|Request anticipates constitutionality questions|
Phil Roughton, a delegate from the Florida Annual
Conference, receives his credentials to the United Methodist General
Conference from Nancy Sherman, a local volunteer, on opening day of the
2008 assembly. A UMNS photo by Paul Jeffrey.
The Rev. Kathy Noble*
April 24, 2008 | FORT WORTH, Texas (UMNS)
Petitions that would mandate the membership in decision-making bodies of
The United Methodist Church have resulted in the 2008 General
Conference's first request to the church's Judicial Council.
Near the end of its business session late in the evening of April 23,
delegates voted to ask the denomination's "supreme court" for a
declaratory decision on the constitutionality of "various petitions that
require mandatory membership levels for select groups of people" in the
General Conference and on denominational boards and agencies.
Kevin Goodwin, delegate from the Peninsula-Delaware Annual (regional)
Conference, asked for the ruling in light of previous Judicial Council
decisions where language about the makeup of membership using words such
as "required," "shall" and “must" were ruled unconstitutional, while
statements saying membership of certain groups was "recommended" has
One specific petition to which he referred would require that at least
one person with a disability be included on each general agency's
governing board. Another would require that 30 percent of the total
membership of the general agencies be from central conferences (outside
the United States). Other petitions would require no less than 20
percent of the delegates to General Conference be youth or young adults.
Goodwin said the request for the decision was not to prevent committees
from discussing the petitions but to secure guidelines as to what might
be unconstitutional action by a General Conference working in a
shortened time frame --¬ 10 days rather than the 12 of past sessions.
Officially welcoming the delegates to what she termed their "$6 million
dollar meeting," the Rev. Gail Murphy-Geiss, chair of the Commission on
General Conference, urged the delegates to consider favorably proposals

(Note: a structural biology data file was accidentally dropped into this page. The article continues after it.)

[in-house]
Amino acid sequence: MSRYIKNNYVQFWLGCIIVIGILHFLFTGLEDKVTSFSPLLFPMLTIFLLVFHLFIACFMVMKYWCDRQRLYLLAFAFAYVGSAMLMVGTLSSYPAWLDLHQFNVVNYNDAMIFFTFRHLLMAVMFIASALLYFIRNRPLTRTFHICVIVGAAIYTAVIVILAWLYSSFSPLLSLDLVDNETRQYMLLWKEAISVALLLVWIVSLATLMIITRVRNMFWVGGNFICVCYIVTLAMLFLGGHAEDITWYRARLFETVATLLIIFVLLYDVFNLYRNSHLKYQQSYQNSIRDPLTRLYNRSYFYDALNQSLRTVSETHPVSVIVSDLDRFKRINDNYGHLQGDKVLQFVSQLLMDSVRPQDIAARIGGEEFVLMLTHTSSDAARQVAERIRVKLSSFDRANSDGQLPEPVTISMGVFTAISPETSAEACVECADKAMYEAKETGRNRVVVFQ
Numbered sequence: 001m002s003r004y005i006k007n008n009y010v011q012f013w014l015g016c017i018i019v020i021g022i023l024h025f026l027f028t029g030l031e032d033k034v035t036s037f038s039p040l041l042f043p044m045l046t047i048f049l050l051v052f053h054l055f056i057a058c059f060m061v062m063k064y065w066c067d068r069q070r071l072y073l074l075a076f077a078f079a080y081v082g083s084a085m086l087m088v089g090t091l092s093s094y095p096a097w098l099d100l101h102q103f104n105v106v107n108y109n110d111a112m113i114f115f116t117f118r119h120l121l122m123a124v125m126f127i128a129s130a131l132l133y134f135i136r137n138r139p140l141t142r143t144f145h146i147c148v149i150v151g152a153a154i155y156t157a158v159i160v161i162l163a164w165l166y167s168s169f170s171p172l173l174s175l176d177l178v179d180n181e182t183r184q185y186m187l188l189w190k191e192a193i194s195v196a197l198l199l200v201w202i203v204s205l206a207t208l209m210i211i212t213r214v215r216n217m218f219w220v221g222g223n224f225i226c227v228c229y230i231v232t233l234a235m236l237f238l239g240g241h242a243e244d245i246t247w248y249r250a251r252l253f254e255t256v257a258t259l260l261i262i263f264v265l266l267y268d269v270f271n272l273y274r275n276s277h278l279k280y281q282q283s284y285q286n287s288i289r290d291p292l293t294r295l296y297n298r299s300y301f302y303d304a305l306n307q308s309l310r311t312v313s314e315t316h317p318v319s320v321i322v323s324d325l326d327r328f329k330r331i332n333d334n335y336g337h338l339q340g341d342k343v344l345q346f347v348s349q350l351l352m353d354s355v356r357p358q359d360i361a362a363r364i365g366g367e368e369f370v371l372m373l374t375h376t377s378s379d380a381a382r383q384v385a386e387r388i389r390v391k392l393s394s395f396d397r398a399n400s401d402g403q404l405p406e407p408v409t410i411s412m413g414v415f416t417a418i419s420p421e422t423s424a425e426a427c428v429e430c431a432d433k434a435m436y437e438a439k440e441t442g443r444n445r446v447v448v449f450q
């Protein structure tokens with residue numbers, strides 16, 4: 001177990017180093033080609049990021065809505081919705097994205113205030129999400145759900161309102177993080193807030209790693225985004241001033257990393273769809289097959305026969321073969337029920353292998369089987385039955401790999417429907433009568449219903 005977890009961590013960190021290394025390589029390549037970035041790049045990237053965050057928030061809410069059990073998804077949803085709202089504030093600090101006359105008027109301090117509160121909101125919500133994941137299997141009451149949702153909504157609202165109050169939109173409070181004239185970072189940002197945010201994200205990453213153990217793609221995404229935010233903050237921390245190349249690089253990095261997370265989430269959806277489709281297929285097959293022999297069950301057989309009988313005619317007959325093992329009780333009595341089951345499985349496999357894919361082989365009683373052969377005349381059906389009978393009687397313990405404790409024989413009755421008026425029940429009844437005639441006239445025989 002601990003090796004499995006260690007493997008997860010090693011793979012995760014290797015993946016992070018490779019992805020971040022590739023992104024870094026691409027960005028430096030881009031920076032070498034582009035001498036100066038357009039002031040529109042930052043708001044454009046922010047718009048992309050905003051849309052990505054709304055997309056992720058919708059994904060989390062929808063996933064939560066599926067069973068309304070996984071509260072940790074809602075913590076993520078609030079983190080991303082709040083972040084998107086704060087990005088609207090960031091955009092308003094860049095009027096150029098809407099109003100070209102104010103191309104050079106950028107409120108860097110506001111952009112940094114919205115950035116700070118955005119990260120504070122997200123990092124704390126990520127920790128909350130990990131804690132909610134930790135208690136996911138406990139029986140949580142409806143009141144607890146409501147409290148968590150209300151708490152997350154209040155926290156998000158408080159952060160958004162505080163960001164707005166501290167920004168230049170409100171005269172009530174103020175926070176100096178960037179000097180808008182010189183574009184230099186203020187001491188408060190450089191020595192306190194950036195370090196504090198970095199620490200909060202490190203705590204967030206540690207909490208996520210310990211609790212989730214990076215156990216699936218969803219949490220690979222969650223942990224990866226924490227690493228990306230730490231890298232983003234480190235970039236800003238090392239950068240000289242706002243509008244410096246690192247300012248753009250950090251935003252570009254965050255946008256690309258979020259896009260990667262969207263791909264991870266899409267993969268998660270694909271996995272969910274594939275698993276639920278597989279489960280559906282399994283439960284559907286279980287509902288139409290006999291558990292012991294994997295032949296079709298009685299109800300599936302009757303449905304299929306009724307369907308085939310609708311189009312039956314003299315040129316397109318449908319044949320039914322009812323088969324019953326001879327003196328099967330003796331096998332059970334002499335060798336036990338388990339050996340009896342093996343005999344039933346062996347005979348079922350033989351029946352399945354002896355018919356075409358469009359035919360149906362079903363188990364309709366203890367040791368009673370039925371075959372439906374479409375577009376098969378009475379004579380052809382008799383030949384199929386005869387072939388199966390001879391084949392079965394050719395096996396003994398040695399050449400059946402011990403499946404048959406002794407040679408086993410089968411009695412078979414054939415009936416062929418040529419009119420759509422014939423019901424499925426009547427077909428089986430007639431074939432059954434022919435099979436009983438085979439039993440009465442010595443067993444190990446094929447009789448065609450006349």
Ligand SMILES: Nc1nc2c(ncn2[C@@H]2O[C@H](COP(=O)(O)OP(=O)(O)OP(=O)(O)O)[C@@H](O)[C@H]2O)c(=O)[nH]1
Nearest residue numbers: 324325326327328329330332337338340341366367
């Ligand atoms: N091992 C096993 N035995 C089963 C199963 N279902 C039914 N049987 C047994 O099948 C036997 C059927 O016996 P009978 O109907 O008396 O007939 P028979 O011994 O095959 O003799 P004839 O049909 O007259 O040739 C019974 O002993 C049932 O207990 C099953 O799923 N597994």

to reduce the maximum size of the assembly from the present 1,000 to
600. The reduction would be a "significant change which we think will
lead to equally big improvements" in terms of "better relationships,
richer conversations and, in the end, a holier gathering that Wesley
might recognize," she said.
It would also be less costly, she said, noting that the $6 million
expenditure for the 2008 General Conference would educate 26,000 girls
in the Congo or provide 500,000 malaria tests across Africa.
"We have much to celebrate," Murphy-Geiss said as she marked the
conference's opening on the 40th anniversary of the day that The United
Methodist Church was created in nearby Dallas, "but we are here to plan
'A Future with Hope.'"
Bishop Janice Riggle Huie of the Houston Area presided as the delegates
adopted the rules under which they will work and participated in
Debate on a ban on cell phone use during plenary and legislative
committee sessions was limited to a motion by Pat Meadows, delegate from
North Alabama, that the restriction be limited to audible use.
Meadows' amendment was referred to the Rules Committee for a report on
April 24 as was one offered by Joe Kilpatrick, North Georgia, to
prohibit submission, publication or consideration of any petition that
"censures or demeans an individual or their character."
"We should not expect a legislative committee to act as a judge and jury."
Also referred was the motion of the Rev. Bryan D. Collier of Mississippi
to allow delegates requesting them to receive the Advance Daily
Christian Advocate in digital form only.
Delegates did agree to move the deadline for submitting petitions from
150 to 180 days before the opening of General Conference, beginning with
the 2012 session. Janet Stephenson, chair of the Commission on the Plan
of Organization and Rules, said the earlier deadline was requested by
the United Methodist Publishing House to facilitate printing and
distribution of the Advance Daily Christian Advocate in several
The commission will also consider a proposal to study and report to the
2012 General Conference on the possibility of codifying The Book of
Sensitivity training for delegates ended the evening. Erin Hawkins,
chief executive of the United Methodist Commission on Religion and Race,
and M. Garlinda Burton, the Commission on the Status and Role of
Women’s chief executive, reminded the delegates "how important it is to
reflect and respond to the whole community of God as we do our work."
Thwarting a person's participation because of race, gender or ethnicity,
they said, creates "blocks to hearing what God has to say."
The 2008 General Conference of The United Methodist Church opened April 23 and continues through May 2 in Fort Worth.
*Noble is editor of Interpreter and Interpreter OnLine, publications of United Methodist Communications.
News media contact: Kathy Noble, e-mail: email@example.com.
Phone calls can be made to the General Conference Newsroom in Fort
Worth, Texas, at (817) 698-4405 until May 3. Afterward, call United
Methodist News Service in Nashville, Tenn., at (615) 742-5470.
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